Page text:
Attics can get extremely hot during summer, trapping heat and increasing energy bills!
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Failure to prepare it for summer makes it retain a lot of heat. The heat retention may be due to your roof absorbing more heat, poor ventilation, and lack of insulation. While attics differ in build and style, most have similar concerns.
When getting your attic summer-ready, consider what can lower your energy bill, help the attic survive the summer heat, and keep rodents and other pests off your roof. This article outlines five tips for getting your attic ready for summer.
Consider Attic Cleaning
Most attics are made of wood, and the wood breaks down naturally over time, leaving tiny holes and cracks on the surface. This causes the air in your home to escape, making your heating and cooling system work harder to meet your temperature needs. You can identify these holes and cracks through attic cleaning and get them repaired in readiness for summer. Sealing the leaks improves your home’s energy efficiency, saving on your monthly utility bills.
Dirty, cluttered attics attract pests and may damage your home’s structure. Cleaning your attic regularly keeps pests out, protecting your insulation. Consider getting a professional attic cleaning service for thorough cleaning.
Ensure Adequate Ventilation
During summer, attic temperatures can be very high. With inadequate ventilation, most of the heat can radiate into your living space, increasing your energy bills. An adequately ventilated attic expels warm air and helps you address excess moisture and heat concerns. Look out for signs of poor ventilation and get a certified roofing contractor to inspect your attic to determine whether there’s sufficient ventilation. Adequate attic ventilation reduces your heating and cooling costs and increases your roofing system’s lifespan.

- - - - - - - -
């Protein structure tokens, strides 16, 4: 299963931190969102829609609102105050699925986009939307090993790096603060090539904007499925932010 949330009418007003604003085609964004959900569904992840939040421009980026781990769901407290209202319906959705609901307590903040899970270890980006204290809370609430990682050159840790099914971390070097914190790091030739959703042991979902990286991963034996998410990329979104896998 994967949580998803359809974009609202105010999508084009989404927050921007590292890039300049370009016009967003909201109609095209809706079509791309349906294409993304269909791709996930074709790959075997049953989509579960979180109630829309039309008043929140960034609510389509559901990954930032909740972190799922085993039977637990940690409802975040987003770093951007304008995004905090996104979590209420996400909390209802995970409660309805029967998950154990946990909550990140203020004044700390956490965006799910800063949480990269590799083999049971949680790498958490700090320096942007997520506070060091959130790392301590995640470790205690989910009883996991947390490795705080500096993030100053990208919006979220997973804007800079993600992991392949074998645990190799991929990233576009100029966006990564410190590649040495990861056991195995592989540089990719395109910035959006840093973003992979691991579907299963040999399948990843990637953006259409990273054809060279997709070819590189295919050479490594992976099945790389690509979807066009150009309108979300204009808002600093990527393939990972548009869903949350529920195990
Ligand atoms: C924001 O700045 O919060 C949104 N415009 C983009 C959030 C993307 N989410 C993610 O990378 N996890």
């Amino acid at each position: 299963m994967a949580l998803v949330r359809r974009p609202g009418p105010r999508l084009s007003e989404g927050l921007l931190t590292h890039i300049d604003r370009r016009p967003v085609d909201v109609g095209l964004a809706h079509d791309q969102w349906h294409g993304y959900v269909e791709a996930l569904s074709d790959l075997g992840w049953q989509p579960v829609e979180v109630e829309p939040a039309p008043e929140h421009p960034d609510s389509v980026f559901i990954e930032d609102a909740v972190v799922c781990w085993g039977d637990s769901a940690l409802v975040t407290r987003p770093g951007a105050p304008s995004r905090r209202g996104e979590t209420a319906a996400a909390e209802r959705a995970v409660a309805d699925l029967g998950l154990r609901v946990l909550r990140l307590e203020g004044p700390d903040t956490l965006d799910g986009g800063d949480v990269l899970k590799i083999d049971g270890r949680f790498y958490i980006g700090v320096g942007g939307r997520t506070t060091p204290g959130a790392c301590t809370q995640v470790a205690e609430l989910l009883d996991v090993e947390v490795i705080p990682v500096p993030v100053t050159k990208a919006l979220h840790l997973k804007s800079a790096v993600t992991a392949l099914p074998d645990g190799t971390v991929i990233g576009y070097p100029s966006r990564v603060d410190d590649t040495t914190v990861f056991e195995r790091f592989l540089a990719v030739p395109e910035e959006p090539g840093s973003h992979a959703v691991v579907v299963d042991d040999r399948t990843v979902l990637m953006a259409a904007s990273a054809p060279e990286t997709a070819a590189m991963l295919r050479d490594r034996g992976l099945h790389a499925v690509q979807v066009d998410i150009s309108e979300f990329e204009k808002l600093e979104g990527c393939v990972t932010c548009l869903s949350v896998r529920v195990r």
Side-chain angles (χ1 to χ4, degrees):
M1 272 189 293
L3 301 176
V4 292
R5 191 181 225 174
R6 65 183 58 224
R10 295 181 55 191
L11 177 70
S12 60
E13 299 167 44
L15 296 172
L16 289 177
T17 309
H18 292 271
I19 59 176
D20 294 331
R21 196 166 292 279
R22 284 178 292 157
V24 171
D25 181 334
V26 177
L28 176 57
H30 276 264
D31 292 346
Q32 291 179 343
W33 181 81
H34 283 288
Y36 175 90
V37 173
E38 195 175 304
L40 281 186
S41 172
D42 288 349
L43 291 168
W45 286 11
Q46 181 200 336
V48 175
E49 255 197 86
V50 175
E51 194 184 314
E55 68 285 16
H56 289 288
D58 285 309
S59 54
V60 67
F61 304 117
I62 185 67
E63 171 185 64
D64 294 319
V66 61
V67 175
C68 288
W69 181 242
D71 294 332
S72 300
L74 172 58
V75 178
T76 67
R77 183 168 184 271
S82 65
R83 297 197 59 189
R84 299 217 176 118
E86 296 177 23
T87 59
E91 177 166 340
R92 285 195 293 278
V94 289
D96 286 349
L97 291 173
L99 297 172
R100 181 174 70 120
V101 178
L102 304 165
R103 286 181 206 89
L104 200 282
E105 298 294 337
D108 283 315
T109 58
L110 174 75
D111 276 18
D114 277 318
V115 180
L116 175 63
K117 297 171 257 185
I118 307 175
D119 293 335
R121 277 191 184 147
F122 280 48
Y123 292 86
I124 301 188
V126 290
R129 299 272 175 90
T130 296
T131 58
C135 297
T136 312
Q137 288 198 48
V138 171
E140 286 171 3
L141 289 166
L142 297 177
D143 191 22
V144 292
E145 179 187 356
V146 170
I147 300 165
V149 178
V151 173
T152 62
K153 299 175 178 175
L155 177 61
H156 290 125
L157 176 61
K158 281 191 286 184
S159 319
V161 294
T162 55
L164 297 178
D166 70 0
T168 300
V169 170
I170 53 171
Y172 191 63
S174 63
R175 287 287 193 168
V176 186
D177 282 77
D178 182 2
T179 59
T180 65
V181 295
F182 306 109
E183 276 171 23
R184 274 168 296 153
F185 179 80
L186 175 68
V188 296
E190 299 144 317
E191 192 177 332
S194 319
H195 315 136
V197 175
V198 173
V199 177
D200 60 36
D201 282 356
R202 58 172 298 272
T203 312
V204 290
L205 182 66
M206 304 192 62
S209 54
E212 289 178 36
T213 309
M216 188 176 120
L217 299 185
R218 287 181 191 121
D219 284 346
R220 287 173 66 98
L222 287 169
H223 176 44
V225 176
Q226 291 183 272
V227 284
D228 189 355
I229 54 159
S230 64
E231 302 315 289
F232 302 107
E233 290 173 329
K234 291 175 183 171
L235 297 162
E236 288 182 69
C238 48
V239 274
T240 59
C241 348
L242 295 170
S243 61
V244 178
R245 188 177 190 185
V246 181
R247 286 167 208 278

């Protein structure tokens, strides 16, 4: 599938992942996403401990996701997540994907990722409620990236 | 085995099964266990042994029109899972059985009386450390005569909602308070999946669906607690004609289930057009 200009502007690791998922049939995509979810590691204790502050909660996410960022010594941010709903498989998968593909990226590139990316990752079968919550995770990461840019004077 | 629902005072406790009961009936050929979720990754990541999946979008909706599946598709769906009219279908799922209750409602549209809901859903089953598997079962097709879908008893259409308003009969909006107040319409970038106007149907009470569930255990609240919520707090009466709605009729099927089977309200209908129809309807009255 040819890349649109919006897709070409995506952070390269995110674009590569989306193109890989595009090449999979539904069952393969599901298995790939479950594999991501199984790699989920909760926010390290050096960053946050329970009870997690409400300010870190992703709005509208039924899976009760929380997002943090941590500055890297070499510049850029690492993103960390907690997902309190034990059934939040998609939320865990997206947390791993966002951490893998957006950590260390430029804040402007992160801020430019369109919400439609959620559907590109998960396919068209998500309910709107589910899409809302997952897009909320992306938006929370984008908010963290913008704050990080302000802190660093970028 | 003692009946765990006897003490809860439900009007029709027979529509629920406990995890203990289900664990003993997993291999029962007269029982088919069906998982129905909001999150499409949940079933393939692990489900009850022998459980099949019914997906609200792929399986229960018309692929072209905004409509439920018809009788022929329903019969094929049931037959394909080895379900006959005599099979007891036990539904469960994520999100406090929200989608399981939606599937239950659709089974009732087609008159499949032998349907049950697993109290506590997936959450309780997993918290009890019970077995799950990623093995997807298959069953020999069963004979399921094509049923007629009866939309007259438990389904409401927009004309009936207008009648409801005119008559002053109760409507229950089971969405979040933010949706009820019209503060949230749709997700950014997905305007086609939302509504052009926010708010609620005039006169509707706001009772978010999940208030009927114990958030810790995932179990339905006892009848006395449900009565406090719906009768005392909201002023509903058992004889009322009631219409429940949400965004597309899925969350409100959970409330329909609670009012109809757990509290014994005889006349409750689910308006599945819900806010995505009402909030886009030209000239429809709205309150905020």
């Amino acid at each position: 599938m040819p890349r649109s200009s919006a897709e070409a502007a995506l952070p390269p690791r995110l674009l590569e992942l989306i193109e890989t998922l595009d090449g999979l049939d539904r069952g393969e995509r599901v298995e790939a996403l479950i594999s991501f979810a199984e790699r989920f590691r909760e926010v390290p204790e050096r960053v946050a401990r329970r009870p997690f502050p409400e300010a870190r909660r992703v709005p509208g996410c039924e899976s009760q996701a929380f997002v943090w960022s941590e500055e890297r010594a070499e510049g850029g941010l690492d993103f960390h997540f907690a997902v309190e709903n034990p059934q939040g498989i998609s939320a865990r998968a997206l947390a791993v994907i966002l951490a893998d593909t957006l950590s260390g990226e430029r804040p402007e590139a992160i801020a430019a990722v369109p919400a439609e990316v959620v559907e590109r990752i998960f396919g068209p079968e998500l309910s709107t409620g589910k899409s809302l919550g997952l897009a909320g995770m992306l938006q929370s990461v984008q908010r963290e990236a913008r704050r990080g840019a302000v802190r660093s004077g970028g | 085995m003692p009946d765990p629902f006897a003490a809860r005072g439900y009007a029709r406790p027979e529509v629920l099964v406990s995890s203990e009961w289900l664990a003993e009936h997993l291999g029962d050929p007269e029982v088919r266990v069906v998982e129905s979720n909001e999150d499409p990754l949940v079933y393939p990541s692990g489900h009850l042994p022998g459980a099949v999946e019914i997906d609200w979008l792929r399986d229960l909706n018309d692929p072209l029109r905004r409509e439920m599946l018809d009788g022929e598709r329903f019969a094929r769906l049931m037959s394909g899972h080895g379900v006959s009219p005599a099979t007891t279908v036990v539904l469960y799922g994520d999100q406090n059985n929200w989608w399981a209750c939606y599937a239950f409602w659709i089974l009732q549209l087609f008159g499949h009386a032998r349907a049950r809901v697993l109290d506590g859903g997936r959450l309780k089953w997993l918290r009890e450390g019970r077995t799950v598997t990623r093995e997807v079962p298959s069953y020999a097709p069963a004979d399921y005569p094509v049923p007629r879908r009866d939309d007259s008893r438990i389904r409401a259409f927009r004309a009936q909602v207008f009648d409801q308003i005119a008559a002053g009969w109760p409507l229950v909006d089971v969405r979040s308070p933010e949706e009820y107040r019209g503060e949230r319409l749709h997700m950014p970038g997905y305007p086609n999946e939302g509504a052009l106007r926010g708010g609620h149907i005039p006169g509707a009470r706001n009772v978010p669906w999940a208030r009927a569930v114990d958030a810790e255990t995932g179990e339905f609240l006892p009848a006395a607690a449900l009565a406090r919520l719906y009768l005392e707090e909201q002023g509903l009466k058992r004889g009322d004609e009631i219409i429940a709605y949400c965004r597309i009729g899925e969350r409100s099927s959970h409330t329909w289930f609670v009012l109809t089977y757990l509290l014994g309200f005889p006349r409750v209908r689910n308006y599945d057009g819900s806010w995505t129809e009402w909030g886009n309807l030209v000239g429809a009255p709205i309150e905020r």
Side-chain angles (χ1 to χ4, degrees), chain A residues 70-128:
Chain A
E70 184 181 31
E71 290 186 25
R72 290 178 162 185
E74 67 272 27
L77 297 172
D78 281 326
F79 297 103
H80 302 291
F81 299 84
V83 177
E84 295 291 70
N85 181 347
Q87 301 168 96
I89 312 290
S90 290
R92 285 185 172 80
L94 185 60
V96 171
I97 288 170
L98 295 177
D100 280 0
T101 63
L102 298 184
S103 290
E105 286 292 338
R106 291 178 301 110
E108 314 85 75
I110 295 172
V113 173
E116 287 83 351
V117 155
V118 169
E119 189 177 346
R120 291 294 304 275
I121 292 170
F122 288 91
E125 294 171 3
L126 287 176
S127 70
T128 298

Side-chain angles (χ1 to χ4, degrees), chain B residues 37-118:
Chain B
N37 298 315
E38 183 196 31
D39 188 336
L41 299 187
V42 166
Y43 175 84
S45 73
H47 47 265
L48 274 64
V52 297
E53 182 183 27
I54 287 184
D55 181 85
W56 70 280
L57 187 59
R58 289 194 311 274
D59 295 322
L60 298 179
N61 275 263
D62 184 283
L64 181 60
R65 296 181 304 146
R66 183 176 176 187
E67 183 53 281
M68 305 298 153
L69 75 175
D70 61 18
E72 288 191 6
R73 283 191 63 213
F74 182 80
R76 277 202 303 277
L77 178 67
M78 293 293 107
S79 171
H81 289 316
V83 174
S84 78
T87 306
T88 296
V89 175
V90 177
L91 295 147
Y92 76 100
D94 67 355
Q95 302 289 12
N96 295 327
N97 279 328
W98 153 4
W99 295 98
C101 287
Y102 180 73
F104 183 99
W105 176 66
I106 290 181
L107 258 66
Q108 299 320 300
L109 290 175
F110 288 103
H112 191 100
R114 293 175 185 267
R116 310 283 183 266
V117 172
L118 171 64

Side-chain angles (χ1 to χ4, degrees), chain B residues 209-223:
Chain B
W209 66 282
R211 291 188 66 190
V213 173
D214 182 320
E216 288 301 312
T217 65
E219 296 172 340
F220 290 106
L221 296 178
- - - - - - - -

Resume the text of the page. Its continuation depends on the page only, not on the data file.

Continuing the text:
Look Out for any Leaks
Attic leaks usually happen due to roof issues like damaged shingles, bad sheathing, or loose flashing, and can slowly damage your insulation and promote mold and mildew growth. Mold growth below roof valleys, damp walls near downspouts and gutters, moisture accumulating close to the attic vents, and attic ceiling material discoloration are signs of an attic roof leak. Rust and corrosion on attic pipes and floor water stains are signs of attic pipe leaks. Call a professional roofing expert if you identify any leaks around your attic.
Add Attic Insulation
Attic insulation is crucial to lowering your utility bills while making your home greener. It prevents air from escaping your home and stops outside air from going in. Cooling and heating expenses constitute a considerable percentage of your home’s energy usage. Losing your home’s cold or warm air contributes to energy waste. Adding insulation in the attic reduces the energy required to keep your space at the desired temperatures, lowering energy costs.
Seal Air Leaks
Air moves through wall joint gaps, holes from plumbing and wires, and fixture gaps. You can use expanding foam or caulk to seal the air leaks. However, do this before adding any attic insulation, as you may not see these issues once blocked. This will keep your home more energy-efficient in summer.
The attic can get extremely hot in summer, retaining more heat and resulting in excess energy usage. Use these tips to get your attic summer-ready and save on energy costs.